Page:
Over it was suspended what looked like a lampshade, but on inspection it proved to contain no lamp, but to communicate, by a sort of funnel, with the ceiling above.
At this contrivance Durham stared long and curiously, but without coming to any conclusion respecting its purpose. He might have investigated further, but he became aware of a dull and regular sound in the room behind him.
He turned in a flash, staring in the direction of two curtains draped before what he supposed to be a door.
On tiptoe he crossed and gently drew the curtains aside.
He looked into a small, cell-like room, lighted by one window, where upon a low bed Huang Chow lay sleeping peacefully!
Durham almost held his breath; then, withdrawing as quietly as he had approached, he descended the stair. At the foot his attention was again arrested by the faint scuffling sound. It ceased as suddenly as it had begun, leaving him wondering and conscious anew of a chill of apprehension.
He had already made his plans for departure, but knew that they must leave evidence, when discovered, of his visit.
A large and solid table stood near the divan, and he moved this immediately under the trap. Upon it he laid a leopard-skin to deaden any noise he might make, and then upon the leopard-skin he set a massive chair: he replaced his torch in his pocket and drew himself up on to the roof again. Reclosing the trap by means of the awl which he had screwed into it, he removed the awl and placed it in his pocket.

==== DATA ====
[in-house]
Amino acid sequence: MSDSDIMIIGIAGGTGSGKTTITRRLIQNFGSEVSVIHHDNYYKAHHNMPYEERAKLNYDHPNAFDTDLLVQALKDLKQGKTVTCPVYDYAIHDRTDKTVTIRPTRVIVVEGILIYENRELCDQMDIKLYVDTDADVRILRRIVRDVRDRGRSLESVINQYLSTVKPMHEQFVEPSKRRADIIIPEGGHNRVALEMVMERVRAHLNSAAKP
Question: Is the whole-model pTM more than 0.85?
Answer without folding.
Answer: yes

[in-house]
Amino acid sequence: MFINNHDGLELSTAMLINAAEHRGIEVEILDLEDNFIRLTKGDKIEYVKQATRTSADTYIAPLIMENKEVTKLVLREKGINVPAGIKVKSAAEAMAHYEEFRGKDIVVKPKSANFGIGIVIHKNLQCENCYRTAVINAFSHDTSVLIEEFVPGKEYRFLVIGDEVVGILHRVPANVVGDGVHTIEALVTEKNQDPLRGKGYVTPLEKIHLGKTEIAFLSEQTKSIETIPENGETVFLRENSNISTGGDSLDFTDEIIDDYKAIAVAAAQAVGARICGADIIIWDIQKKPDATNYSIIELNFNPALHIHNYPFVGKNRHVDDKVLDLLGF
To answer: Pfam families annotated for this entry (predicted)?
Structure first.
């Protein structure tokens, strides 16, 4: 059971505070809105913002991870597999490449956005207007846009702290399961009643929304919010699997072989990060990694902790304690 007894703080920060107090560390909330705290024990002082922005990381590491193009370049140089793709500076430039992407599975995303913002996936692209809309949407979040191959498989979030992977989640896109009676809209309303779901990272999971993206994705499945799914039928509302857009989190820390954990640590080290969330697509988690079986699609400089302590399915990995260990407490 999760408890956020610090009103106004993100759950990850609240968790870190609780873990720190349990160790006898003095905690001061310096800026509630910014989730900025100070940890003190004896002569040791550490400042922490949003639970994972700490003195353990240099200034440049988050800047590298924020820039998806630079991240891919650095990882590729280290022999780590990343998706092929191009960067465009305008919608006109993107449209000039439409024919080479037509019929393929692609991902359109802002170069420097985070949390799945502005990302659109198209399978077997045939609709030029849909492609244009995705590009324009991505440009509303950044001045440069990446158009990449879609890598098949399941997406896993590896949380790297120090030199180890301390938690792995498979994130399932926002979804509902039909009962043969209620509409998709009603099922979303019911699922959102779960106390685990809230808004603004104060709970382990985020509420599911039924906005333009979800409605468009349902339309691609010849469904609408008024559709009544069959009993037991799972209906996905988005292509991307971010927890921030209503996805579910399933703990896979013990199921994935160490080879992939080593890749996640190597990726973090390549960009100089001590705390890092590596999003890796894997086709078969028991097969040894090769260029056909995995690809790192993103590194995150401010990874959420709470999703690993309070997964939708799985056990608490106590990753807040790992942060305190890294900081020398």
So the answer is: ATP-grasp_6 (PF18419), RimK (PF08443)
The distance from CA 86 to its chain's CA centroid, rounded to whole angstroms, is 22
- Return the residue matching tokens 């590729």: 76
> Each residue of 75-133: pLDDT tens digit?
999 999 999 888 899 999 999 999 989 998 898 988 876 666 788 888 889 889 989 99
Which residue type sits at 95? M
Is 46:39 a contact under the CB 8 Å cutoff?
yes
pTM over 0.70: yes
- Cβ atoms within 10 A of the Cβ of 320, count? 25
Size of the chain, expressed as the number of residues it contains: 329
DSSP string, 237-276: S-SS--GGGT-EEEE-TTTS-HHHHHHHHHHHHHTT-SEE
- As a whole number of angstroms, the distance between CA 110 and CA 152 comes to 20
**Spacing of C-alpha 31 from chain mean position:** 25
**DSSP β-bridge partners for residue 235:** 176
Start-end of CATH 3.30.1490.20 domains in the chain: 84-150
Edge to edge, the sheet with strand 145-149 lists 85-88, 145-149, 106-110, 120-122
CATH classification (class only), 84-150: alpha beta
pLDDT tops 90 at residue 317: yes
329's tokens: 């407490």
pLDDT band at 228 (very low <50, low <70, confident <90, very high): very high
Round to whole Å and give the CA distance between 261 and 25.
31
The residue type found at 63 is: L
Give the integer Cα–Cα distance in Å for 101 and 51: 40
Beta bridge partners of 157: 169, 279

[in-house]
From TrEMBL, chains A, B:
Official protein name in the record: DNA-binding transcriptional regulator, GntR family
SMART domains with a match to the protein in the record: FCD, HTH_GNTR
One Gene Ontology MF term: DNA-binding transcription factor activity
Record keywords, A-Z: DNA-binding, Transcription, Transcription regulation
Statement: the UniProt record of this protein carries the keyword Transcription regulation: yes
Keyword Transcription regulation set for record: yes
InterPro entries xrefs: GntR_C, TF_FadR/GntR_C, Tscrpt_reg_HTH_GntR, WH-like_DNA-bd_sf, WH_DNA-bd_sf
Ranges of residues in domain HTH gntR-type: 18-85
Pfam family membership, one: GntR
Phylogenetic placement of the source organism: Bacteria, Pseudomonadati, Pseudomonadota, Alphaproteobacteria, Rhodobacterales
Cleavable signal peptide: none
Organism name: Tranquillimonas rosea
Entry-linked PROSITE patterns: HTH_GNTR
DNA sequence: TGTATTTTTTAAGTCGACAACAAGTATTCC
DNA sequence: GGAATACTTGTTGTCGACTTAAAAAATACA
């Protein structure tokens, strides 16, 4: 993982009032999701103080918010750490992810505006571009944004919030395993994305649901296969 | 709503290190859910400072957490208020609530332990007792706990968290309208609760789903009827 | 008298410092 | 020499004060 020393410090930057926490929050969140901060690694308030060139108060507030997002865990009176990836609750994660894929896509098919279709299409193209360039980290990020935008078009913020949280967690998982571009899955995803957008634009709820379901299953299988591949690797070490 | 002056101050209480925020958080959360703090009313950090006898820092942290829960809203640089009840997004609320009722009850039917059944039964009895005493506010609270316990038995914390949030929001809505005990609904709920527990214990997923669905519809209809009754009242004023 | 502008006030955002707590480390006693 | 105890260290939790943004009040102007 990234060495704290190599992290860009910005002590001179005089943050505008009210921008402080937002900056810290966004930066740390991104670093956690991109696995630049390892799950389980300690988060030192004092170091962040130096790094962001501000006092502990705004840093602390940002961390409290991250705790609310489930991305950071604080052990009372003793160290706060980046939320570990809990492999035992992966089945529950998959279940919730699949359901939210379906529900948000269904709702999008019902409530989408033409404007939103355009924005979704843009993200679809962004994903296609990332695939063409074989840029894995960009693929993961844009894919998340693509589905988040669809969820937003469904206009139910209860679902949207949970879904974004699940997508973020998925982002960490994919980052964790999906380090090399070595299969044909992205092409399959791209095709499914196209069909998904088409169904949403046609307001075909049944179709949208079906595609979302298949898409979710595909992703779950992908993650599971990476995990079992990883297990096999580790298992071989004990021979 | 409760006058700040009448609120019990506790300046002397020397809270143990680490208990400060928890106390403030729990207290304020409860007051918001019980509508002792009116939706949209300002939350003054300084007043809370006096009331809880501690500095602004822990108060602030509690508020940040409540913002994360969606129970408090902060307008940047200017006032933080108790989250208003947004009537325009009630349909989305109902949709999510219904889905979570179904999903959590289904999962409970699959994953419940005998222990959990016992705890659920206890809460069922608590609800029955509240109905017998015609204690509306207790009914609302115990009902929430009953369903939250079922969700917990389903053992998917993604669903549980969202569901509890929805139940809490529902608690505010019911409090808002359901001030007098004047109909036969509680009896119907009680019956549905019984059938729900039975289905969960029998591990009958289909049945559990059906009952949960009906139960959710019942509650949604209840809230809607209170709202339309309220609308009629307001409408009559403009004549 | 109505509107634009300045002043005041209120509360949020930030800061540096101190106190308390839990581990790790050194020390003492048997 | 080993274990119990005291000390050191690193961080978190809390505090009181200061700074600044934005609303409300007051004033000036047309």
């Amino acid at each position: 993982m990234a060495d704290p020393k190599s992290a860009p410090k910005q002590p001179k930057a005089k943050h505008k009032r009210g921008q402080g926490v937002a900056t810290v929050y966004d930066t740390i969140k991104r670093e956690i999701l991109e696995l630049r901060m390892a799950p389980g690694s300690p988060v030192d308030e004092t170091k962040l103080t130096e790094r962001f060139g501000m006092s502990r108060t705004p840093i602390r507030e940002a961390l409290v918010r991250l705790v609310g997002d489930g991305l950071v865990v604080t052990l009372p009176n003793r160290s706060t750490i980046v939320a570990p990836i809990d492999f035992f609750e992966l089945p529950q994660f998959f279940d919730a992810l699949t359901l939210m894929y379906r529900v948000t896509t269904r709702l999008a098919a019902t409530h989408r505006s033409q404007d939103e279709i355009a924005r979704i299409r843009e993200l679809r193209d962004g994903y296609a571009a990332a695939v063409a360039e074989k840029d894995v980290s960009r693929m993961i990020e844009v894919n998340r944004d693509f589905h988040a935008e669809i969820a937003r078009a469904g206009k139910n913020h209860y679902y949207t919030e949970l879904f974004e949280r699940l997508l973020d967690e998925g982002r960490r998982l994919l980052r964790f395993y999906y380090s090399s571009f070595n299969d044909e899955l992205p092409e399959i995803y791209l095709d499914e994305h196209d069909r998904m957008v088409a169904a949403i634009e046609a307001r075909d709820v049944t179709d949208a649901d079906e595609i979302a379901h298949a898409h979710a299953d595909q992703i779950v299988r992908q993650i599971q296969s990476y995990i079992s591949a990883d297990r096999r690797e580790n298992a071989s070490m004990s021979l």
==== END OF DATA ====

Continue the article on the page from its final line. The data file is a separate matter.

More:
Then, sliding gently down the sloping roof, he dropped back into the deserted court.
A CAGE OF BIRDS
“No,” said Lala, “we have never had robbers in the house.” She looked up at Durham naively. “You are not a thief, are you?” she asked.
“No, I assure you I am not,” he answered, and felt himself flushing to the roots of his hair.
They were seated in a teashop patronized by the workers of the district; and as Durham, his elbows resting on the marble-topped table, looked into the dark eyes of his companion, he told himself again that whatever might be the secrets of old Huang Chow, his daughter did not share them.
The Chinaman had made no report to the authorities, although the piled up furniture beneath the skylight must have afforded conclusive evidence that a burglarious entry had been made into the premises.
“I should feel very nervous,” Durham declared, “with all those valuables in the house.”
“I feel nervous about my father,” the girl answered in a low voice. “His room opens out of the warehouse, but mine is shut away in another part of the building. And Ah Fu sleeps behind the office.”
“Were you not afraid when you suspected that Cohen was a burglar? You told me yourself that you did suspect him.”
“Yes, I spoke to my father about it.”